Skip to main content

Mechanisms of tissue size regulation in spinal cord development


How the organs of a developing organism achieve their correct size and shape is a fundamental unresolved question in biology. Mammalian embryos possess a remarkable ability to regulate (restore) the correct size of their tissues and organs upon perturbations during early development, yet how this is achieved is unknown. Addressing this question has so far been challenging because it requires a multiscale approach that integrates precise measurements with theoretical frameworks. We are now in an excellent position to unravel the mechanisms by which the mouse spinal cord regulates its size and shape during development by building on our experience with quantitative studies in this system. We previously obtained quantitative spatiotemporal data of growth, pattern and morphogen signalling dynamics in the spinal cord. We showed that there is a critical period during which morphogen signaling is interpreted to specify cell fates, uncovered a mechanism that allows precise pattern formation, and identified a link between the growth rate and tissue anisotropy. Our expertise now enables us to address the following new questions: 1) how is size regulation in the spinal cord achieved at the tissue and cellular level; 2) what is the molecular mechanism of size regulation, in particular the role of morphogen signaling; 3) how is the regulation of spinal cord size linked to the regulation of its shape. To address these questions, we will combine precisely controlled ex vivo assays in organoids and whole embryo culture, and in vivo advanced mouse genetics and mosaic analysis. We will obtain highly resolved dynamic data and interpret it in the context of rigorous theoretical frameworks. The project will advance our understanding of the fundamental mechanisms of tissue size control and the constraints they impose in regeneration and disease. Our results will have implications for in vitro tissue engineering and research on multi-organ coordination and robustness during development.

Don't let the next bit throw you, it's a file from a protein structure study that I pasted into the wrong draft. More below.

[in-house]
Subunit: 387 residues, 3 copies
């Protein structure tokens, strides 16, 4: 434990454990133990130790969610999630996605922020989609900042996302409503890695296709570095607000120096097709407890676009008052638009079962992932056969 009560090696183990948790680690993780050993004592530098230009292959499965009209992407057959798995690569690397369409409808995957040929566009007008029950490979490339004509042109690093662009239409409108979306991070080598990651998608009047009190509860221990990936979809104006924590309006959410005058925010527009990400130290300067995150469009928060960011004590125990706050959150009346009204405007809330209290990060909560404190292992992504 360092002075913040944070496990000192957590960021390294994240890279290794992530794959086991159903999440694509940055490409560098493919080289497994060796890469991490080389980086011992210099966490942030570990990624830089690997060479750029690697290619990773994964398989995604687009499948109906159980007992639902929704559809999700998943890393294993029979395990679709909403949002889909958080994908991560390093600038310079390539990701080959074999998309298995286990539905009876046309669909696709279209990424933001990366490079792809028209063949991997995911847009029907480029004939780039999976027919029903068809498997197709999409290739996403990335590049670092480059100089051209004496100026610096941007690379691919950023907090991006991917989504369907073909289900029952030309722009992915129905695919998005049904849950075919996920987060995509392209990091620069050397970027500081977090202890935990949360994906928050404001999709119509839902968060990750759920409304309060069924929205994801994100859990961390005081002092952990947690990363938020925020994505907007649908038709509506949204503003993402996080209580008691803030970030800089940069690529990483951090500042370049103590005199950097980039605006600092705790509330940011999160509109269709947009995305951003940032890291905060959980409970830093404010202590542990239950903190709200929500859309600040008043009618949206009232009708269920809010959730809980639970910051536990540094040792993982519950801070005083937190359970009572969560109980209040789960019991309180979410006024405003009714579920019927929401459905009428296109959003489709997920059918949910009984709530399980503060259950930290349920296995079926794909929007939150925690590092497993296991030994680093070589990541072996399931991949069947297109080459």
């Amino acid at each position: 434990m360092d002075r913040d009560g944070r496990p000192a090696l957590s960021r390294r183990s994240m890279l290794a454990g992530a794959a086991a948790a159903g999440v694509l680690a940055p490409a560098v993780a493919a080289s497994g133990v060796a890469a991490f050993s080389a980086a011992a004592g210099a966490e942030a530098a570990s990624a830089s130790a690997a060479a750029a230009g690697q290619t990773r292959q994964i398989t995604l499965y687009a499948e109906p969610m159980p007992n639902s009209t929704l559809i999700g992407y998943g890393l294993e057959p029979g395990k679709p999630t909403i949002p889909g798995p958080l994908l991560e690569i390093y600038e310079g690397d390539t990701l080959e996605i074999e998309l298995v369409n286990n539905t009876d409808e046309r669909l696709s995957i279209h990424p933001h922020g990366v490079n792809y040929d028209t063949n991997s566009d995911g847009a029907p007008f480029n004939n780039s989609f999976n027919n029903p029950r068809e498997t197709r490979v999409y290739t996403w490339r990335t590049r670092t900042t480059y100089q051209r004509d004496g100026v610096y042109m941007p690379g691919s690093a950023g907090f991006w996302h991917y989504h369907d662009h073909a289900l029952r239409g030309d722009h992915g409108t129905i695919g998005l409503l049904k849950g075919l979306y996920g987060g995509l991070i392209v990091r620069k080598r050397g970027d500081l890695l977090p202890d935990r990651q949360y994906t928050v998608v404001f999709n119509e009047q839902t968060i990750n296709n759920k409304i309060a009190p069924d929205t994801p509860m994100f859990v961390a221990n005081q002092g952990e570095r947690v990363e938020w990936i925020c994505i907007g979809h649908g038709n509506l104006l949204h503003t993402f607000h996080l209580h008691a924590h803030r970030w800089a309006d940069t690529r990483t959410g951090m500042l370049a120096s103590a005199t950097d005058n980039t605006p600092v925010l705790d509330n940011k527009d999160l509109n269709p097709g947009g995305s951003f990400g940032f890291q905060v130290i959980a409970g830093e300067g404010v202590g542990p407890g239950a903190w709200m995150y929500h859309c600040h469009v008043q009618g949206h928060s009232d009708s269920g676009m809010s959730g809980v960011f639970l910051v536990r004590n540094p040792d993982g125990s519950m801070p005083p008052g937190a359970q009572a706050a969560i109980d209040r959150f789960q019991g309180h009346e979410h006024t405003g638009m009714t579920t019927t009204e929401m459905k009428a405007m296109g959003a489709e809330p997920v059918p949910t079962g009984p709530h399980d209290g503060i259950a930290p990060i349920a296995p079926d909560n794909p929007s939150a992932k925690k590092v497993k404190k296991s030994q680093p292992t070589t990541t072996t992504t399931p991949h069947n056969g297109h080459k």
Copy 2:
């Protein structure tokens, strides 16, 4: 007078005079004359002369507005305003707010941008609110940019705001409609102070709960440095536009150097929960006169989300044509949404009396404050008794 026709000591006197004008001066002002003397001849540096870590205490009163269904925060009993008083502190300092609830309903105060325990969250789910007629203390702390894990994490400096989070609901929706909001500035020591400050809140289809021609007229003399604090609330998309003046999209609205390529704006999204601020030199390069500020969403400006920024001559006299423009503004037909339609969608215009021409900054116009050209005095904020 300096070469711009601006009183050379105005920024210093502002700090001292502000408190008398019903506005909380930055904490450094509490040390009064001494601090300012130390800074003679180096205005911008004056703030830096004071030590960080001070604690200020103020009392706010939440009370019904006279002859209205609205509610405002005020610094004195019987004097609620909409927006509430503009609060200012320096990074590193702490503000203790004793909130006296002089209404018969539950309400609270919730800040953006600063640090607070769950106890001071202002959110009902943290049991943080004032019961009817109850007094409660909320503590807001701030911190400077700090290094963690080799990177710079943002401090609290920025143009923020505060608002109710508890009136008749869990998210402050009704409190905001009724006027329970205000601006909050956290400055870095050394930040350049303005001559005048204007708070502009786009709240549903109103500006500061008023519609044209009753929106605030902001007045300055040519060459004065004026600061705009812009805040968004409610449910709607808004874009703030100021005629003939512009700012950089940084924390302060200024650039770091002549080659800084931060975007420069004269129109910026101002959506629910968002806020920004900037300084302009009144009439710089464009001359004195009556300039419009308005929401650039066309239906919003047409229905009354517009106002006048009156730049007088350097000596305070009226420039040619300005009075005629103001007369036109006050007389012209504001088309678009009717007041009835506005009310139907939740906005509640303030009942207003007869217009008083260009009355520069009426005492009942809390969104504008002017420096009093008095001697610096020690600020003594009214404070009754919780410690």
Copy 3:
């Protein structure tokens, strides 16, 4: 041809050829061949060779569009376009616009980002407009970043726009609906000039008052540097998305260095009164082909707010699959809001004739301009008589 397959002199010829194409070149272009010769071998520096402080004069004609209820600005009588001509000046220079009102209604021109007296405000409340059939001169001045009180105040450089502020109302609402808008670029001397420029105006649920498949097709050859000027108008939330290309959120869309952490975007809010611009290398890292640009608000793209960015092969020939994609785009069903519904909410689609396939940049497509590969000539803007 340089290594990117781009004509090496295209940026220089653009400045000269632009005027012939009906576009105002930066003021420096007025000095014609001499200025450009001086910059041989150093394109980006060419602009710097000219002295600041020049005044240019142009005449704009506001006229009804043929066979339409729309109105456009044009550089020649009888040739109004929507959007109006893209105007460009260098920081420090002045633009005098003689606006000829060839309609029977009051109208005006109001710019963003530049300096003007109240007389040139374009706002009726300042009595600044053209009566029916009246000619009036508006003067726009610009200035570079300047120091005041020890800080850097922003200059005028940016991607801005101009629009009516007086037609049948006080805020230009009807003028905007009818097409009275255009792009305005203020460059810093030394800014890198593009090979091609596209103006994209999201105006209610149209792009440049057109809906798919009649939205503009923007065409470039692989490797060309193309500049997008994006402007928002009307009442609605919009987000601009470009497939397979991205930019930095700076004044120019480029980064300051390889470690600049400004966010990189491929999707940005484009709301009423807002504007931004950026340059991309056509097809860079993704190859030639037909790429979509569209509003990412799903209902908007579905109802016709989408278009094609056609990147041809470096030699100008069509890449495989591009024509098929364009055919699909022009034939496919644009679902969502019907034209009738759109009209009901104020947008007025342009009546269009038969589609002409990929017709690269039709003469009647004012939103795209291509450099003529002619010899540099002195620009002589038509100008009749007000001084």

Net EU contribution
€ 1 993 094,00
Am Campus 1
3400 Klosterneuburg

See on map

Niederösterreich Wiener Umland/Nordteil
Activity type
Higher or Secondary Education Establishments
Other funding
€ 1 993 094,00